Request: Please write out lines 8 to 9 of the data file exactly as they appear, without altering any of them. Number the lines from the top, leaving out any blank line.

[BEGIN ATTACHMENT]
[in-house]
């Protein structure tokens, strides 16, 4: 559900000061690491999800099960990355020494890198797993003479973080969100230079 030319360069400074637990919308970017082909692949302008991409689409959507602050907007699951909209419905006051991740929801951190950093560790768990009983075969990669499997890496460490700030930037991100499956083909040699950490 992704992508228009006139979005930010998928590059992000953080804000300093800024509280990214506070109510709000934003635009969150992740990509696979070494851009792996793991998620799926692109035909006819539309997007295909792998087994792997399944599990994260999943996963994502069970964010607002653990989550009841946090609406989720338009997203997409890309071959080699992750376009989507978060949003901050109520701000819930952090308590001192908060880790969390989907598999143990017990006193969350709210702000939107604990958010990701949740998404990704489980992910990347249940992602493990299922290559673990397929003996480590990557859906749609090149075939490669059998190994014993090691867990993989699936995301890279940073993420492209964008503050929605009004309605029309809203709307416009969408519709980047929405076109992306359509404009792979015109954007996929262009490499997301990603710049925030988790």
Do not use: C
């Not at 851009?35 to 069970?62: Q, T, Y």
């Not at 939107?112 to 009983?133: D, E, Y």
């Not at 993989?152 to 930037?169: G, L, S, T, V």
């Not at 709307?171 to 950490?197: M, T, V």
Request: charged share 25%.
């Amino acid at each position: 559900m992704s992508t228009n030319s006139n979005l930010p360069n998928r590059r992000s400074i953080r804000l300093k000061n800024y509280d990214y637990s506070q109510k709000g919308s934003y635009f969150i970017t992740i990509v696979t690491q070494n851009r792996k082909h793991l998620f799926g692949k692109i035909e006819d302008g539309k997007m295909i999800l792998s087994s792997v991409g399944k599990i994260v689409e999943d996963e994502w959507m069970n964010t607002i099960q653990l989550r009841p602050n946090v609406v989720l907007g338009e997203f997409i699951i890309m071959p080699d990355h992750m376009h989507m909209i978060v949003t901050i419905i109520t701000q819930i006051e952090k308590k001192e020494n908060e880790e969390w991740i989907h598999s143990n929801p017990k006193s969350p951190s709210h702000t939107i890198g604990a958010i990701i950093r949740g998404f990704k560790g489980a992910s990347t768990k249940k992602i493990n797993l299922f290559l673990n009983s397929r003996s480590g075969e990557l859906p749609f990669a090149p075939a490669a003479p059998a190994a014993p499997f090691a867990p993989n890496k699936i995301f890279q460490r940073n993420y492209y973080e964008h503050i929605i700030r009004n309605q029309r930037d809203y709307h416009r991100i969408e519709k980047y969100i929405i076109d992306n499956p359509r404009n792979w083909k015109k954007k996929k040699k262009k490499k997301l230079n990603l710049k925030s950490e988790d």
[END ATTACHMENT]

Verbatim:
Request: charged share 25%.
């Amino acid at each position: 559900m992704s992508t228009n030319s006139n979005l930010p360069n998928r590059r992000s400074i953080r804000l300093k000061n800024y509280d990214y637990s506070q109510k709000g919308s934003y635009f969150i970017t992740i990509v696979t690491q070494n851009r792996k082909h793991l998620f799926g692949k692109i035909e006819d302008g539309k997007m295909i999800l792998s087994s792997v991409g399944k599990i994260v689409e999943d996963e994502w959507m069970n964010t607002i099960q653990l989550r009841p602050n946090v609406v989720l907007g338009e997203f997409i699951i890309m071959p080699d990355h992750m376009h989507m909209i978060v949003t901050i419905i109520t701000q819930i006051e952090k308590k001192e020494n908060e880790e969390w991740i989907h598999s143990n929801p017990k006193s969350p951190s709210h702000t939107i890198g604990a958010i990701i950093r949740g998404f990704k560790g489980a992910s990347t768990k249940k992602i493990n797993l299922f290559l673990n009983s397929r003996s480590g075969e990557l859906p749609f990669a090149p075939a490669a003479p059998a190994a014993p499997f090691a867990p993989n890496k699936i995301f890279q460490r940073n993420y492209y973080e964008h503050i929605i700030r009004n309605q029309r930037d809203y709307h416009r991100i969408e519709k980047y969100i929405i076109d992306n499956p359509r404009n792979w083909k015109k954007k996929k040699k262009k490499k997301l230079n990603l710049k925030s950490e988790d």